If they do not sufficiently relieve the person’s symptoms, they can try treatment with immunomodulators. Immunomodulators may also be prescribed to help prevent EC from restarting after surgery.

Some immunomodulators (azathioprine and 6-mercaptopurine) are long-term treatments for Crohn’s disease because sometimes people must take them for 3 to 6 months before they experience improvements in their symptoms.

Others (cyclosporine, tacrolimus, and methotrexate) generally affect more quickly, often in a couple of weeks.

What is the relationship between corticosteroids and immunomodulators?

Because immunomodulators can take a long time to start working, sometimes healthcare providers recommend that patients begin taking a corticosteroid when they start taking the immunomodulator.

This is because corticosteroids generally have a faster effect in improving a person’s symptoms.

Corticosteroids can cause many different side effects, some of which can be very serious.

Some people who take corticosteroids can also become physically dependent on them because of how much they alter the body while a person is taking this type of medication.

Many patients with inflammatory bowel disease may experience an outbreak when they stop taking them.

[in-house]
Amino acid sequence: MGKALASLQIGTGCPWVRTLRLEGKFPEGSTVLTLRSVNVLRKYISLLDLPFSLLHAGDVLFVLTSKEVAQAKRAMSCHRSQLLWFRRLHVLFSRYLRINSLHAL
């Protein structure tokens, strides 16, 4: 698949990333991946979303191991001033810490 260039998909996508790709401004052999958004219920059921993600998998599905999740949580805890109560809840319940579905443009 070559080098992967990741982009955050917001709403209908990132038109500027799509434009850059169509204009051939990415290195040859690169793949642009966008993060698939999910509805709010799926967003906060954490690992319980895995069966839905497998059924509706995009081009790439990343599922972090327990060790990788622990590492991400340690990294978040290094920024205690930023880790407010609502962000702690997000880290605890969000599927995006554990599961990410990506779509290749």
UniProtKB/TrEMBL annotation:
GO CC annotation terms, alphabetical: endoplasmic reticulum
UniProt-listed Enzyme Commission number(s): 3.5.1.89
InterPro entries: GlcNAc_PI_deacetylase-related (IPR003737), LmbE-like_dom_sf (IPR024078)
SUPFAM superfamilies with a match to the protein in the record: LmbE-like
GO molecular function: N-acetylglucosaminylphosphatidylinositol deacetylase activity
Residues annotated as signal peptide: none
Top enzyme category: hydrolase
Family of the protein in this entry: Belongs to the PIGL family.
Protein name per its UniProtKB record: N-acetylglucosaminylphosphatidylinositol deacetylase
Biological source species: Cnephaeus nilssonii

One of the benefits of immunomodulators for some patients is that they remain in remission for longer, which means they do not need to use corticosteroids to treat rashes as often.

What are some common side effects related to immunomodulatory treatment?

Several forms of immunomodulators can cause different side effects. However, some common side effects include:

  • Headache.
  • Nausea.
  • He retched.
  • Diarrhea.

Immunomodulators work by suppressing or weakening a patient’s immune system to reduce inflammation and the symptoms it causes. However, they can also have the effect of decreasing the body’s ability to fight infections.

Patients taking immunomodulators should contact their doctor if they begin to experience fever or chills, as these may be signs of an infection.

People who take immunomodulators are also more likely to get infections such as a cold or the flu because the medicine tells their immune systems not to trigger inflammation to fight infections or foreign objects.

While this may help relieve the symptoms of Crohn’s disease, it can also make it easier for infections to take root.

Some patients experience a decreased kidney or liver function if they take some forms of long-term immunomodulators.

For a few patients, specific immunomodulators can cause other severe side effects.

For this reason, physicians will take extensive medical histories before prescribing immunomodulators and then monitor patients carefully for any signs of these effects.

As with any prescription medication, patients should consult their doctors about all possible forms of treatment and any potential interaction with other medicines.

Pregnant women who plan to become pregnant should inform their doctors before starting treatment with immunomodulators, as some may cause pregnancy loss or possible congenital disabilities.